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Tuesday, July 26, 2016

Canned Heat: Hallelujah


1) Same All Over; 2) Change My Ways; 3) Canned Heat; 4) Sic 'Em Pigs; 5) I'm Her Man; 6) Time Was; 7) Do Not Enter; 8) Big Fat; 9) Huautla; 10) Get Off My Back; 11) Down In The Gutter, But Free.

Not necessarily what we're looking for. The last studio album by the original classic Canned Heat, released just prior to Henry Vestine leaving the band and being replaced by Harvey Mandel, sud­denly sees them stepping away from the world of lengthy improvised boogie sagas and again restricting themselves to relatively short, concise, and surprisingly mild blues-rock numbers. For whatever reason, not only are there no more 20-minute tributes to John Lee Hooker (in fact, there ain't even a single track here reprising the bass line of ʽBoogie Chillen!ʼ), but there are no more attempts at crazyass experimentation like ʽParthenogenesisʼ, either. Perhaps they thought they were really no good at such experimentation, or perhaps they viewed it as a phase that naturally came and went for good, but the fact remains that Hallelujah is straightahead blues-rock, a bit heavier and wilder than their disappointing self-titled debut, but, in my personal opinion, a seri­ous letdown after the relative wildness of the previous two records.

Nor does it have even one short song with magical qualities, be it the bubbling menace of ʽOn The Road Againʼ or the pastoral bliss of ʽGoing Up The Countryʼ. «Blind Owl» Wilson, in parti­cular, is a big disappointment: all four of his pseudo-originals are merely passable this time, no matter how nice or weird his childlike falsetto still sounds. ʽChange My Waysʼ is just a fast-paced 12-bar blues with no haunting sonic combinations (there's an interesting echoey flute solo in the middle, but it's so short you barely notice it anyway); the country blues ʽTime Wasʼ tries to use a solo bass break gimmick between verses to give you the impression that it is at least slightly above generic level, but the best thing about the song is still a bit of fiery soloing from Vestine; and ʽGet Off My Backʼ is a decent back-and-forth alternation of simple boogie with psychoblues soloing in the vein of Jeff Beck and Jimmy Page, but, again, nothing to speak of in terms of song­writing. It's almost as if the guy hit total writer's block; pretty sad considering how little time he had left on this planet.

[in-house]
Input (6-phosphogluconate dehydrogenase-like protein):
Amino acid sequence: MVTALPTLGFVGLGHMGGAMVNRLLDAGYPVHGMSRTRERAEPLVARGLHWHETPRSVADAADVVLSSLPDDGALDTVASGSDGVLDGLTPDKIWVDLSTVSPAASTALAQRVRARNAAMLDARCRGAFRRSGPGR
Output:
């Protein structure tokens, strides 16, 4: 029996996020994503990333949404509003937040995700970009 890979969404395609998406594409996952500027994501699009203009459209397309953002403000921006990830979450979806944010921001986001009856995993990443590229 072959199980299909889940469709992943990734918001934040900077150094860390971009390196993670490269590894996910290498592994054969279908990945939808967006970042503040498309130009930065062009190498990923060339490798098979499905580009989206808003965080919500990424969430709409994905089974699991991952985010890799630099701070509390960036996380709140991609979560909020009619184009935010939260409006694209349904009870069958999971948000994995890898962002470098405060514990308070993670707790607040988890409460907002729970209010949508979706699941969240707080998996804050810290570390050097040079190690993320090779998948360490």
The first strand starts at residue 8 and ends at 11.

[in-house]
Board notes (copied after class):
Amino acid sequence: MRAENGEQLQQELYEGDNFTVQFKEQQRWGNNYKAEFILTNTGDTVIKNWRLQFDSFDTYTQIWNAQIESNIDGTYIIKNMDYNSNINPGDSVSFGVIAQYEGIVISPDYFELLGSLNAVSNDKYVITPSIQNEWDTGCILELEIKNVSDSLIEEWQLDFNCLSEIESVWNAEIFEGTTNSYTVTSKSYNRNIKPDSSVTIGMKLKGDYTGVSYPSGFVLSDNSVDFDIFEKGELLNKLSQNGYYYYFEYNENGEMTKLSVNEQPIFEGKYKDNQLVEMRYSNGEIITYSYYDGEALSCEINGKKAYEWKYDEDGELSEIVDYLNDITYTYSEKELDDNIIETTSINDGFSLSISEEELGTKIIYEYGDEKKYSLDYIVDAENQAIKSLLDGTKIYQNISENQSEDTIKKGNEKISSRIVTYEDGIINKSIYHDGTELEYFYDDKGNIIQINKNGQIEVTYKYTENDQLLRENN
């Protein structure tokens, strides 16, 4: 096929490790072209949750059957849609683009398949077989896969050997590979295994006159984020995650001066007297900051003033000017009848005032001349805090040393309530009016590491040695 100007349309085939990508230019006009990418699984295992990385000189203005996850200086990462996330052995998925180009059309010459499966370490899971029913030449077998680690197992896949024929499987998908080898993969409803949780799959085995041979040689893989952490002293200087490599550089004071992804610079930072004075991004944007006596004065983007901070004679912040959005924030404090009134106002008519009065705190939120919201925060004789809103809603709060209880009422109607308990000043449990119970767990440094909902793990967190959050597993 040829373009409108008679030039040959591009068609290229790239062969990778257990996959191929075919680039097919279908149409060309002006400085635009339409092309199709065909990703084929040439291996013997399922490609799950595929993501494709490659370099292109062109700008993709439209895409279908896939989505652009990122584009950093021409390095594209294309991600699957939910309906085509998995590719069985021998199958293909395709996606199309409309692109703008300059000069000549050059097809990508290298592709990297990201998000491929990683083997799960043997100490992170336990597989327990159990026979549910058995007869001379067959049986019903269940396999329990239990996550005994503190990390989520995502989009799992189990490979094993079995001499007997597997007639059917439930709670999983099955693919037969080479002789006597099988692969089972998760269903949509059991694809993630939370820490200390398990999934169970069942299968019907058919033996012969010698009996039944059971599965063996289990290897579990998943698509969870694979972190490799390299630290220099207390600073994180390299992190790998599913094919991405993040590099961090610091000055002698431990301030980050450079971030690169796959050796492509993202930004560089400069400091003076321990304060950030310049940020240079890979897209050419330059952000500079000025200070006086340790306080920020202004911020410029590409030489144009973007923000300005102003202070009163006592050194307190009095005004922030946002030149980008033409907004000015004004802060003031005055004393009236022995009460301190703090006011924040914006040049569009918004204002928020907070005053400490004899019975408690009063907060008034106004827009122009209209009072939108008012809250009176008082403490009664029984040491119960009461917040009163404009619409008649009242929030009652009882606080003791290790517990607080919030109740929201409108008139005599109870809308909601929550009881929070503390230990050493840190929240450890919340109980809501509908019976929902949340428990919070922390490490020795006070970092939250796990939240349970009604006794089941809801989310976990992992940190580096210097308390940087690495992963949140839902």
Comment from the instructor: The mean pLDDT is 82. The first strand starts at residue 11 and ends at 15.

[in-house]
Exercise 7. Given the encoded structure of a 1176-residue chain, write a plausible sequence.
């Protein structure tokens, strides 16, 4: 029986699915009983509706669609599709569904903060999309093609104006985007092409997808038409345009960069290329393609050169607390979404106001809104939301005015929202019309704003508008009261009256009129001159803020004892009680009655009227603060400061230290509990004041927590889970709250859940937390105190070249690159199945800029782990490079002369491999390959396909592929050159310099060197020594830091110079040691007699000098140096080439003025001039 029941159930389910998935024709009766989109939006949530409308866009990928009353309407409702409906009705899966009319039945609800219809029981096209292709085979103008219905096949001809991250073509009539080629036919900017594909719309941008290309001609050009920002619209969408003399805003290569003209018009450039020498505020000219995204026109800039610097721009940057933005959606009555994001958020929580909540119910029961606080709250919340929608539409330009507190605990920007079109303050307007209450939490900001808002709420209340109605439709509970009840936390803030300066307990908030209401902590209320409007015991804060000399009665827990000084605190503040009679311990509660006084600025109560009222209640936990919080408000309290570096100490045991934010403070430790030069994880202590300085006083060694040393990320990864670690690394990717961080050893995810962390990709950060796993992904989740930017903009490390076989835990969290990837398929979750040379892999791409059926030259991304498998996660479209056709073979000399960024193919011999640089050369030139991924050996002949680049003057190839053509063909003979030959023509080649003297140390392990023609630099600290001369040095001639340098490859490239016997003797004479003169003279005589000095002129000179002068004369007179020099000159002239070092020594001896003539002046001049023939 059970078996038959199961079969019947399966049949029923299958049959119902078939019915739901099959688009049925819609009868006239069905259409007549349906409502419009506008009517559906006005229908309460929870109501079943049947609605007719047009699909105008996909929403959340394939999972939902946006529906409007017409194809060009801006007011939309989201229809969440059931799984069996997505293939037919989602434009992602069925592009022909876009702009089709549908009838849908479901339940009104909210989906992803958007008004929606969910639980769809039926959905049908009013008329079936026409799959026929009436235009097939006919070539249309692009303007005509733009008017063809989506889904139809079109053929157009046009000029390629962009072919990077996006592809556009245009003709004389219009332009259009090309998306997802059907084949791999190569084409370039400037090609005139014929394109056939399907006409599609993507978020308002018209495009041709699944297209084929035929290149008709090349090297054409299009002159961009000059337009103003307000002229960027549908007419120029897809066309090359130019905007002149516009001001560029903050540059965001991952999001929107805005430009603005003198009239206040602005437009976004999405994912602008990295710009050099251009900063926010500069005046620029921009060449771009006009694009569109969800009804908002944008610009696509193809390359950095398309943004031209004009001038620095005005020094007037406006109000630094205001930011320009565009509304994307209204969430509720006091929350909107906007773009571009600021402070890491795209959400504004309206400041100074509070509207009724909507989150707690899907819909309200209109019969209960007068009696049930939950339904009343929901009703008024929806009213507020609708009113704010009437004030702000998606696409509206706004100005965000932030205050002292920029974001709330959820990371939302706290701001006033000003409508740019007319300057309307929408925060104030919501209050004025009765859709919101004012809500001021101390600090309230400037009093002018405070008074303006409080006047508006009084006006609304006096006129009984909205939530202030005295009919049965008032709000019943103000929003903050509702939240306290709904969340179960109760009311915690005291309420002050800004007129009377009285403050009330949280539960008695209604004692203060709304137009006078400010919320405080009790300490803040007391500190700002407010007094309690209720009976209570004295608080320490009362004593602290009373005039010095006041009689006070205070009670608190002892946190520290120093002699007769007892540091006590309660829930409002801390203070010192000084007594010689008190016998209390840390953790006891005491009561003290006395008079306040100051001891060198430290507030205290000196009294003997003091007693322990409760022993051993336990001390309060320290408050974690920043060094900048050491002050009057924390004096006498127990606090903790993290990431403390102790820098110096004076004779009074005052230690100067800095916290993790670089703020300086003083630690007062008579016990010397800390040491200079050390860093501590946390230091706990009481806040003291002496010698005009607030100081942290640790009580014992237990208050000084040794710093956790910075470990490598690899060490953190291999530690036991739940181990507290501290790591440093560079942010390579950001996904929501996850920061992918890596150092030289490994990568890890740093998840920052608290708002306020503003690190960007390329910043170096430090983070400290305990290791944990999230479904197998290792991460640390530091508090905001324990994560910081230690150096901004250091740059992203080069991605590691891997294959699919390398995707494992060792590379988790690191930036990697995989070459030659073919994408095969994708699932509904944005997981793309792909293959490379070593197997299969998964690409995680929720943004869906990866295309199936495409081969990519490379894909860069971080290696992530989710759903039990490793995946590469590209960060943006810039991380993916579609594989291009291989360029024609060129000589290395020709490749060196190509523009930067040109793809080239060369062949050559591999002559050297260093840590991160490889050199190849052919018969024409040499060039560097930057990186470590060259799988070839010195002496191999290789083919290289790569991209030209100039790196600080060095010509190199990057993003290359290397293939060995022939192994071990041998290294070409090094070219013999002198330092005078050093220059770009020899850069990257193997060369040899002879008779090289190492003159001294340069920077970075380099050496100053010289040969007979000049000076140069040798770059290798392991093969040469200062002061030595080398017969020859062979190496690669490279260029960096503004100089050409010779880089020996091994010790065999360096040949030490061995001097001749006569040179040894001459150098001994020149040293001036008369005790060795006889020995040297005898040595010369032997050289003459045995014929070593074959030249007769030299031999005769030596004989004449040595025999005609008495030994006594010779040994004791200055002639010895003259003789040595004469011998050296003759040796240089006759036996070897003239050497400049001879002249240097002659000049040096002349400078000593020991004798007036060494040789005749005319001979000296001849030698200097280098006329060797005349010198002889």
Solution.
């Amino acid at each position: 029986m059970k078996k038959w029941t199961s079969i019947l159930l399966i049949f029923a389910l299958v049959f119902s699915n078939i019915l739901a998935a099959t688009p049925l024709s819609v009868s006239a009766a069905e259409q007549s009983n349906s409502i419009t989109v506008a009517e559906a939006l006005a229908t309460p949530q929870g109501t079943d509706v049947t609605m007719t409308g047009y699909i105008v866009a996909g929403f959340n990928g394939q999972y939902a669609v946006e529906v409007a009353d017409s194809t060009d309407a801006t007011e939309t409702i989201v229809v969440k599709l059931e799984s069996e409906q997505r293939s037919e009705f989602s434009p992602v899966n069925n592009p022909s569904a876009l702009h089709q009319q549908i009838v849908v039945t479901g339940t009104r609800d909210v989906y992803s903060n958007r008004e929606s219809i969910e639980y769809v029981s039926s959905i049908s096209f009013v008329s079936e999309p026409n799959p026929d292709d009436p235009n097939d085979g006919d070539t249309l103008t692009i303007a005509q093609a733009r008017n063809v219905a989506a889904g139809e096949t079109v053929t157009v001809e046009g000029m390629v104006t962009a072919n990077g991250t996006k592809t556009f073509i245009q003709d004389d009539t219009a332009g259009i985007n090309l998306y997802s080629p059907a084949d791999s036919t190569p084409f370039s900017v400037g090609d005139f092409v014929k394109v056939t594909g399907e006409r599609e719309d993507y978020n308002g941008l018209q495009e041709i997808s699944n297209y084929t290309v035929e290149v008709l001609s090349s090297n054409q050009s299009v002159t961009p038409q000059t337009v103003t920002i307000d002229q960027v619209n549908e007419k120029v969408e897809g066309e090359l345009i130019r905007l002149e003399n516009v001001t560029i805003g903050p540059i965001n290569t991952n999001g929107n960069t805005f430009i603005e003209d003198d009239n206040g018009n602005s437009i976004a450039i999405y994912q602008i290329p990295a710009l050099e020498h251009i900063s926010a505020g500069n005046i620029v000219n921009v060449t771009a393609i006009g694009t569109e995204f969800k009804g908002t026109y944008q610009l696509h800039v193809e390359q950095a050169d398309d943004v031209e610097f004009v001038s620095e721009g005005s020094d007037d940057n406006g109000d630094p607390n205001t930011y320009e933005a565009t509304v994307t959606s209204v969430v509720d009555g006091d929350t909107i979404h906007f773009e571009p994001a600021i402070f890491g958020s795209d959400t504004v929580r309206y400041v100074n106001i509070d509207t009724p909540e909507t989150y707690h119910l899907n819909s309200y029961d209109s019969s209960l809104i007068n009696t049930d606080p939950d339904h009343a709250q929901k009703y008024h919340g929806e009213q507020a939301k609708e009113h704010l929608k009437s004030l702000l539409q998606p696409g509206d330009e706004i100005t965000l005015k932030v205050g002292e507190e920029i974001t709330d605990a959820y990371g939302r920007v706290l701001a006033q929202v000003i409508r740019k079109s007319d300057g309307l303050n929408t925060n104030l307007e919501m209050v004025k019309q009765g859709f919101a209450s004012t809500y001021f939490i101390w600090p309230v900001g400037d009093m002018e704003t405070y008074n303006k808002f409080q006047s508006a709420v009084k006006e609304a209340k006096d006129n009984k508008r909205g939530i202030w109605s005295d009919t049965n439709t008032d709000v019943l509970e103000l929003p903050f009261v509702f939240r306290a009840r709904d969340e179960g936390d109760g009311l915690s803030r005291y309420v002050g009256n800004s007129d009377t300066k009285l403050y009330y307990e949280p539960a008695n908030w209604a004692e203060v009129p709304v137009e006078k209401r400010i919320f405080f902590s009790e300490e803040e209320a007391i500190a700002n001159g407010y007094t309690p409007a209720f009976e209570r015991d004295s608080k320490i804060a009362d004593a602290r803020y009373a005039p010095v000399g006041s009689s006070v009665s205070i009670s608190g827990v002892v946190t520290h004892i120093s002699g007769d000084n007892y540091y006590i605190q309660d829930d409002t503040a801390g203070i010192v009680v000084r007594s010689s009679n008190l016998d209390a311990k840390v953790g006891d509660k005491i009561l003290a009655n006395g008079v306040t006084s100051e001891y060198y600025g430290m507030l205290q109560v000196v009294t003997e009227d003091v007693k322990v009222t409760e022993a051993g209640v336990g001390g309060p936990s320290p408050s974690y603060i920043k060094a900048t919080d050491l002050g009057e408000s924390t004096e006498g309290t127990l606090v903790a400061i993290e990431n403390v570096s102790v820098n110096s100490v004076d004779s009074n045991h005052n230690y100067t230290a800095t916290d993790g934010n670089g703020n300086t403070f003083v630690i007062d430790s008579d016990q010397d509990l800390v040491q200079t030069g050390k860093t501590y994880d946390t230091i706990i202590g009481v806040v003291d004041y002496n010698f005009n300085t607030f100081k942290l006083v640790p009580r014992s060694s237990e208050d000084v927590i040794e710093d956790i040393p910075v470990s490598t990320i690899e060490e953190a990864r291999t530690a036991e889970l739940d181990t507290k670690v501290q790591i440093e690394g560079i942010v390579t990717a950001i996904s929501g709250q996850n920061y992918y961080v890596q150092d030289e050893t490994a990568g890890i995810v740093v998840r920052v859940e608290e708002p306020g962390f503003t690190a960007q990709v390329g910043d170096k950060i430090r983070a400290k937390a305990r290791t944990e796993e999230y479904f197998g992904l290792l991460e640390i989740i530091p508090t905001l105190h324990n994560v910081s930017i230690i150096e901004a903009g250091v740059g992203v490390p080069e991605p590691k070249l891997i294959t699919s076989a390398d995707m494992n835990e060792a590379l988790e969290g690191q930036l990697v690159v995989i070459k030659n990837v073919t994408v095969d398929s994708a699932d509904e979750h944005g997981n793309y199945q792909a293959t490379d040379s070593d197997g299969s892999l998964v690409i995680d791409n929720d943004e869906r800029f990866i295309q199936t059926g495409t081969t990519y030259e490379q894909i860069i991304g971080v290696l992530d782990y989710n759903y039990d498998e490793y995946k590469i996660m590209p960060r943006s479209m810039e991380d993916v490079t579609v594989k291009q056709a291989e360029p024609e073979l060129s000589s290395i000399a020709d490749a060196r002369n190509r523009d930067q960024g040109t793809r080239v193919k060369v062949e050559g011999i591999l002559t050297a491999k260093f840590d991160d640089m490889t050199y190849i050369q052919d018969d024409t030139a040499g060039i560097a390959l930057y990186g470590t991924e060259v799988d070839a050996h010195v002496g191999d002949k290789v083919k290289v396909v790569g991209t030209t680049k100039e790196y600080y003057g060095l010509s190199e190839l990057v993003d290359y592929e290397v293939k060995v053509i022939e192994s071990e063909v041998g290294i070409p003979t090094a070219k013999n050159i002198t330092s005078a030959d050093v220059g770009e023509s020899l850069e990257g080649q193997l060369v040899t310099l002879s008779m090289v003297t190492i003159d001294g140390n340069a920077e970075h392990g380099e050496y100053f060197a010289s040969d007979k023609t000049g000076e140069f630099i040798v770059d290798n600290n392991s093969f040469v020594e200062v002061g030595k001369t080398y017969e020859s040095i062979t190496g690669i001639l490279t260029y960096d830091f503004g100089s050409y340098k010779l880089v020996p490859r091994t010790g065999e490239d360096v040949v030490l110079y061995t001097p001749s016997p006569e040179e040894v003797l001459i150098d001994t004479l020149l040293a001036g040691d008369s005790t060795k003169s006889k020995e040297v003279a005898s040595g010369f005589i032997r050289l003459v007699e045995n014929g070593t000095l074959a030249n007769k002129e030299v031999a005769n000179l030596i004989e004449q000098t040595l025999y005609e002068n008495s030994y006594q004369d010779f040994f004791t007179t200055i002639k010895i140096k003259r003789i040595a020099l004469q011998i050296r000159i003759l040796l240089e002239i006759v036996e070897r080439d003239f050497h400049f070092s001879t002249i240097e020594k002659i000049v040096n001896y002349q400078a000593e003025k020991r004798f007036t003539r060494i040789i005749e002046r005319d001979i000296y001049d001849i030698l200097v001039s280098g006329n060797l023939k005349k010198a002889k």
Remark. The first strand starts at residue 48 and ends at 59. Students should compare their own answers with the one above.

Fortunately, the band still has a few funny gimmicks in store to keep the listener's interest at some level. ʽSic 'Em Pigsʼ, for instance, is a hilarious reinvention of Bukka White's ʽSic 'Em Dogsʼ in the form of probably the most vicious (downright mean, in fact) anti-cop musical statement of the year — culminating in a mock-advertisement voiceover ("if you're big, strong, and stupid, we want you... remedial courses are available for the culturally deprived") that might have earned them some broken ribs, were police officers a little better informed of the very existence of this band. Elsewhere, they finally get to the stage of covering the Tommy Johnson tune that gave the band its name (ʽCanned Heatʼ), even though the ancient original, all crackles and pops included, would still be preferable to this decent, but rather lazy-sounding electric revival. Bob Hite's ʽI'm Her Manʼ has what might be Wilson's finest, wildest, tightest harmonica solo in the opening and closing bars (everything else about the song is completely forgettable, though). And on the last number, another super-slow blues-de-luxe called ʽDown In The Gutter, But Freeʼ, they conduct an «experiment in freedom» by switching around and getting Vestine to play the bass (not a very generous decision) and Taylor to play the lead guitar (surprisingly Vestine-like!).

So it's not a total waste — in fact, as long as you are able to just lay back and enjoy some unpre­tentious blues-rock, it's hardly a waste at all — but for an album released in 1969, and following up on a clear artistic progression over three LPs in a row, Hallelujah is clearly a disappointment on both counts. It did not hurt the band's reputation: they were still invited to Woodstock, where they got to play ʽGoing Up The Countryʼ and strut their stuff and all, but it did make clear that, unless some things were to drastically change, the name Canned Heat would pretty soon be wiped off the roster to make way for artists more daring and less formulaic. Well, actually, some things did change pretty soon, and quite drastically, too... but not necessarily in a way that could be beneficial to the band's fame, fortune, and even physical health. To put it mildly.

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